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William Byrd represents the pinnacle of artistic achievement in the Tudor period: a prolific and versatile composer in virtually all genres, his music could be heard in the great cathedrals, in private chapels, at court, and in domestic amateur music-making. Indeed, the quality of his output even transcended the bitter religious divisions of the time, and his music was admired and performed by Protestants and Roman Catholics alike. Byrd’s Cantiones Sacrae (1591) opens with the ebullient “Laudibus in sanctis,” a stylized paraphrase of Psalm 150. This work shows Byrd to be a complete master of the new late-sixteenth-century style: full of madrigalisms, it uses rhythmic syncopation, onomatopoeic word setting, and a spritely triple-time section in which the music breaks into dance.


Laudibus in sanctis Dominum celebrate supremum,
Firmamenta sonent inclita facta Dei.
Inclita facta Dei cantate, sacraque potentis
Voce potestatem saepe sonate manus.

Magnificum Domini cantet tuba martia nomen,
Pieria Domino concelebrate lira.
Laude Dei, resonent resonantia tympana summi,
Alta sacri resonent organa laude Dei.

Hunc arguta canant tenui psalteria corda,
Hunc agili laudet laeta chorea pede.
Concava divinas effundant cymbala laudes,
Cymbala dulcisona laude repleta Dei,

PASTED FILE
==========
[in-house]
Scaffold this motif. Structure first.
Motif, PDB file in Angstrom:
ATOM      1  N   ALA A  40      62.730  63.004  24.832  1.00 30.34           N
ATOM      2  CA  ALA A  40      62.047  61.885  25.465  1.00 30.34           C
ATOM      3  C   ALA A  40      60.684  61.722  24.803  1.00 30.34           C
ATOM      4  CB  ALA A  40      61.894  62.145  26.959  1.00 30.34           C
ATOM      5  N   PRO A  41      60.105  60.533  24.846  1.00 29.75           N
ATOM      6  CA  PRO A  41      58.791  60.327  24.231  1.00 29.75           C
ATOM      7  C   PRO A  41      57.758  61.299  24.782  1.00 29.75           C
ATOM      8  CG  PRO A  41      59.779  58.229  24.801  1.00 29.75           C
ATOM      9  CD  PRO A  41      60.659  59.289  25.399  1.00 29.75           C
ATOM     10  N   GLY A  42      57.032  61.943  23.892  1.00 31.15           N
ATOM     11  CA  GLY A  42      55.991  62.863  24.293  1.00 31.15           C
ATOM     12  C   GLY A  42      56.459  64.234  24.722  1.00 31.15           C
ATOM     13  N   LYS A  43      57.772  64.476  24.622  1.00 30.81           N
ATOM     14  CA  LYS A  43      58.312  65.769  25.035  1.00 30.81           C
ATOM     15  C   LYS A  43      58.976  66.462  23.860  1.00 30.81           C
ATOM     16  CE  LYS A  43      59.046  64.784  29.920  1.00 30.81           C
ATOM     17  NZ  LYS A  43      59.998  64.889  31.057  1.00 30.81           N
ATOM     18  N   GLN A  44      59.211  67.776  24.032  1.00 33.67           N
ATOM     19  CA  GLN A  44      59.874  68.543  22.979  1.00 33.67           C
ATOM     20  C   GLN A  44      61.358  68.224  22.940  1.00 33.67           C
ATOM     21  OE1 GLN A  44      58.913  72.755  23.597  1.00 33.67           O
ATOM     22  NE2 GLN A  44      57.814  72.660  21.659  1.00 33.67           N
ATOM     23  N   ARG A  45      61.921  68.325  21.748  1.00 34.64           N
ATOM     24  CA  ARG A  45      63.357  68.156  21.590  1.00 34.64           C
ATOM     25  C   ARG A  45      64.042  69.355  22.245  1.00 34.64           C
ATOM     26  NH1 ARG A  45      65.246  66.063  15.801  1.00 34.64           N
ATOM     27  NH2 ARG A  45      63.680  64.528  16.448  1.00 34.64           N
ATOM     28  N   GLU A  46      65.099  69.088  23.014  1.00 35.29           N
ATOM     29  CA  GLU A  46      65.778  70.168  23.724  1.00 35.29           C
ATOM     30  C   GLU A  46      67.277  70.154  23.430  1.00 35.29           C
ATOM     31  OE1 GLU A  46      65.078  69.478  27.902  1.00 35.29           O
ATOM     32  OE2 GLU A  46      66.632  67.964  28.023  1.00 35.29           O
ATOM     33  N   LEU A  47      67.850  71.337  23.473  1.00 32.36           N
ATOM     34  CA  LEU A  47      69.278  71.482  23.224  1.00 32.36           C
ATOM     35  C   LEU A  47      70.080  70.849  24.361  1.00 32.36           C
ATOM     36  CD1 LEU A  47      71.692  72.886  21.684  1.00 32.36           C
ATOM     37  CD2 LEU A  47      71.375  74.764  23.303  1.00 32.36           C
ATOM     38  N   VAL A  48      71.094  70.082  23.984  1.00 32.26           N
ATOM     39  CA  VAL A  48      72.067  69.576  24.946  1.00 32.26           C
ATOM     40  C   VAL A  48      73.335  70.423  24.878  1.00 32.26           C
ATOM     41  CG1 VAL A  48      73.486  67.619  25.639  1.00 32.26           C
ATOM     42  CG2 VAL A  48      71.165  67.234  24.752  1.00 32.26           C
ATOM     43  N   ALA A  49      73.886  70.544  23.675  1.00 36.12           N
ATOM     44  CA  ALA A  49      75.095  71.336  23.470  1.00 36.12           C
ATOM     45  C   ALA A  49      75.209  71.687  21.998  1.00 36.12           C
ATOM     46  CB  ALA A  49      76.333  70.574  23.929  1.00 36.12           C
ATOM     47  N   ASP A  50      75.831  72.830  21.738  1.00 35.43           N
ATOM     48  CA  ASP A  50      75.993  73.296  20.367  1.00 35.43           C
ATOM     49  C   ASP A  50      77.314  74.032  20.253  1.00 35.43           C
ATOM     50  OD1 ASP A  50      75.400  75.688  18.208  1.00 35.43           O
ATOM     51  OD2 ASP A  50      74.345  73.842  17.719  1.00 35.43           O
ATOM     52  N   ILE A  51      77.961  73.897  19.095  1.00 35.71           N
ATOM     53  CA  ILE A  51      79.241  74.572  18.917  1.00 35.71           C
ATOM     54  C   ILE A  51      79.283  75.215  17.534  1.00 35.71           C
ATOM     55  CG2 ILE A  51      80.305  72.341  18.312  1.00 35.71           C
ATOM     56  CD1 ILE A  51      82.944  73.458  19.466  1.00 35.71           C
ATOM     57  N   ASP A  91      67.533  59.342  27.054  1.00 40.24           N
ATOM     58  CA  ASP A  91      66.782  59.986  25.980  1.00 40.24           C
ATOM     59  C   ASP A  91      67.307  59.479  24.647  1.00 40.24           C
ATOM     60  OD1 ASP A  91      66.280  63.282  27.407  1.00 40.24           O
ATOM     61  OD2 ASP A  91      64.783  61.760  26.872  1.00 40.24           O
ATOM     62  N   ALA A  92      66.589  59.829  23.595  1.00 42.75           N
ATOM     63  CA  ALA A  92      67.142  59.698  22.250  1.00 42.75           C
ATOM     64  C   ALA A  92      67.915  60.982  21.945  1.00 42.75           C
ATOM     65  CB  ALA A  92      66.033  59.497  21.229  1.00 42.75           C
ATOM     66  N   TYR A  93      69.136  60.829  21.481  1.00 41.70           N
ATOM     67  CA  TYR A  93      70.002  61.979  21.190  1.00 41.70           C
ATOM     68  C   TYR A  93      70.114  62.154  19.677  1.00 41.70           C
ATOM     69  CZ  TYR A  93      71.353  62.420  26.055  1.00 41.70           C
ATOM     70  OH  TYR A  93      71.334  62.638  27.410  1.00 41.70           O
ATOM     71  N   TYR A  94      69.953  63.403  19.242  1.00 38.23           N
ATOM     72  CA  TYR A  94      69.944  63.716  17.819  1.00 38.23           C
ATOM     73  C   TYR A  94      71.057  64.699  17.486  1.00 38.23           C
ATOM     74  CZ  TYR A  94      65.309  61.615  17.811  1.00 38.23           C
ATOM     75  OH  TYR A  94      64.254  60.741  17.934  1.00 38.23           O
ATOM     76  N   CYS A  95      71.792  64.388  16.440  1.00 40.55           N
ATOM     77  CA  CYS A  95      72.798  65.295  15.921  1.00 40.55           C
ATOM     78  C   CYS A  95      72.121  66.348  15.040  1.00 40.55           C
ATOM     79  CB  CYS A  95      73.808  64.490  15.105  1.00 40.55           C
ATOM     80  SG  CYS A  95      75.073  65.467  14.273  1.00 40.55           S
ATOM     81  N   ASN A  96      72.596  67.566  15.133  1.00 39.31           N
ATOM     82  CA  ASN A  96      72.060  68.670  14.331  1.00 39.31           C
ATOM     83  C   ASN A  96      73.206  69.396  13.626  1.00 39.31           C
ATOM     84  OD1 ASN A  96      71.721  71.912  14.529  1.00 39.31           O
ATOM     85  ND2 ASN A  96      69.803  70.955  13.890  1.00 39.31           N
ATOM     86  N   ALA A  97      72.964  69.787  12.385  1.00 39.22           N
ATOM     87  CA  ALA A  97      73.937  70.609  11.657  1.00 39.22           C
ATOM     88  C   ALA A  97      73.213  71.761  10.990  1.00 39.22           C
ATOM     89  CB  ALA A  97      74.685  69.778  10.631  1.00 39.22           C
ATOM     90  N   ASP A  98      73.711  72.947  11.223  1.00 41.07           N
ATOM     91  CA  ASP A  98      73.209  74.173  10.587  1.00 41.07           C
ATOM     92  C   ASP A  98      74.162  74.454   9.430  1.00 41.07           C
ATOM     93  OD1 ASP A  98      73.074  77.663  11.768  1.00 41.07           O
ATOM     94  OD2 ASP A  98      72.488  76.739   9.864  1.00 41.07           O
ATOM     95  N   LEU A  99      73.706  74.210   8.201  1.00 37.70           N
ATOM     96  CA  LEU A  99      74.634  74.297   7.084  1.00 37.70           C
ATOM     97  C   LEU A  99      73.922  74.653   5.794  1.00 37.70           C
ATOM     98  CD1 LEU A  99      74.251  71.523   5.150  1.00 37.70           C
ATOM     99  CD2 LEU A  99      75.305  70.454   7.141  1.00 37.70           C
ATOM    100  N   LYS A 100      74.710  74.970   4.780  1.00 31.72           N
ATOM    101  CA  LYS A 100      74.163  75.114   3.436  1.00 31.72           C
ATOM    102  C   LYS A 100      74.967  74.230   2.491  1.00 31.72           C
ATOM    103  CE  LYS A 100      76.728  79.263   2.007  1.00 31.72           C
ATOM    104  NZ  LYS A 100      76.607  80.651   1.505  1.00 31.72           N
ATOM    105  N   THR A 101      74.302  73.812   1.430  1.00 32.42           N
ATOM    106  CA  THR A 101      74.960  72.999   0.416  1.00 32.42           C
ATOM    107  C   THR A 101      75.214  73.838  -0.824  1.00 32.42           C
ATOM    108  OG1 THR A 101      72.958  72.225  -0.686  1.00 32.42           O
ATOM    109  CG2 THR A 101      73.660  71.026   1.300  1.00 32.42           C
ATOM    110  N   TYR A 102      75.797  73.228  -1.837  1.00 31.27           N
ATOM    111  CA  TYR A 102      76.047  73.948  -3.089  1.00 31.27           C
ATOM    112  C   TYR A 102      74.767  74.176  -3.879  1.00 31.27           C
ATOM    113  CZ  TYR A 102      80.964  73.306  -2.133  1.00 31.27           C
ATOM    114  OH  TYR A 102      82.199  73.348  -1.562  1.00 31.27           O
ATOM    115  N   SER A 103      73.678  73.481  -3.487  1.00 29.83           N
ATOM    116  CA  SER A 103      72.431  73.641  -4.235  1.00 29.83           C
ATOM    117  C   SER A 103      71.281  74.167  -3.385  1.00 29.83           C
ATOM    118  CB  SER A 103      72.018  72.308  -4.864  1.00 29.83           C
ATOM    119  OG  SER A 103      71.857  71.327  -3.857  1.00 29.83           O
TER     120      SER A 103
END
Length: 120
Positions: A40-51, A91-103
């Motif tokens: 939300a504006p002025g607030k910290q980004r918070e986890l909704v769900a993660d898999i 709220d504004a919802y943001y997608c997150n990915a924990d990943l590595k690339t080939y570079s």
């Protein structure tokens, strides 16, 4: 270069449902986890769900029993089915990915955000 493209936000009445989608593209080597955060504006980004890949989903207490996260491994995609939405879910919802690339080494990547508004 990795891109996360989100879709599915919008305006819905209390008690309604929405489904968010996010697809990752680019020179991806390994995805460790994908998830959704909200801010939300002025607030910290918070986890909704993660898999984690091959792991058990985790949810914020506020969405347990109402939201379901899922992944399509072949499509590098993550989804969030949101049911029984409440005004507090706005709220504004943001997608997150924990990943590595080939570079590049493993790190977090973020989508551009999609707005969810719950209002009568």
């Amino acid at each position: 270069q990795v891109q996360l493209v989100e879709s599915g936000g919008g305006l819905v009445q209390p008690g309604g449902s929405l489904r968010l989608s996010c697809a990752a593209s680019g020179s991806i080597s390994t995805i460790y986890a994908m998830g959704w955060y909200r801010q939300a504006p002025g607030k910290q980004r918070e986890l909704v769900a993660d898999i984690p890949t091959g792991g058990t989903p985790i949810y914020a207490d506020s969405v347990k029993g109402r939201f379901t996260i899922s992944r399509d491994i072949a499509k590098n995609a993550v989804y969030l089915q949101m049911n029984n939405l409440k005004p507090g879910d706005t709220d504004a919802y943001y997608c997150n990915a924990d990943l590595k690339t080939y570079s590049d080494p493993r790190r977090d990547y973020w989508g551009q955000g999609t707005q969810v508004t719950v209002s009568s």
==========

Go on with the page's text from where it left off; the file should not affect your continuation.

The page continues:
Omne quod aetheris in mundo vescitur auris,

Halleluia canat, tempus in omne Deo

Celebrate the Lord most high in holy praises:
Let the firmament echo the glorious deeds of God.
Sing ye the glorious deeds of God, and with holy voice
Sound forth oft the power of his mighty hand.

Let the warlike trumpet sing the great name of the Lord:
Celebrate the Lord with Pierian lyre.
Let resounding timbrels ring to the praise of the most-
high God,
Lofty organs peal to the praise of the holy God.

Him let melodious psalteries sing with fine string,
Him let joyful dance praise with nimble foot.
Let hollow cymbals pour forth divine praises,
Sweet-sounding cymbals filled with the praise of God.
Let everything in the world that feeds upon the
air of heaven
Sing Alleluia to God for evermore.

Paraphrase of Psalm 150


from Spring Bursts Today: A Celebration of Eastertide, released April 20, 2014



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Harvard University Choir Cambridge, Massachusetts

For over 175 years the Harvard University Choir has provided a unique opportunity for student singers to perform choral literature at the highest level, both in concert and during the services of the Memorial Church. Its program of daily choral services, broadcasts, tours, commissions, and recordings make it one of the premier college chapel ensembles in the United States. ... more

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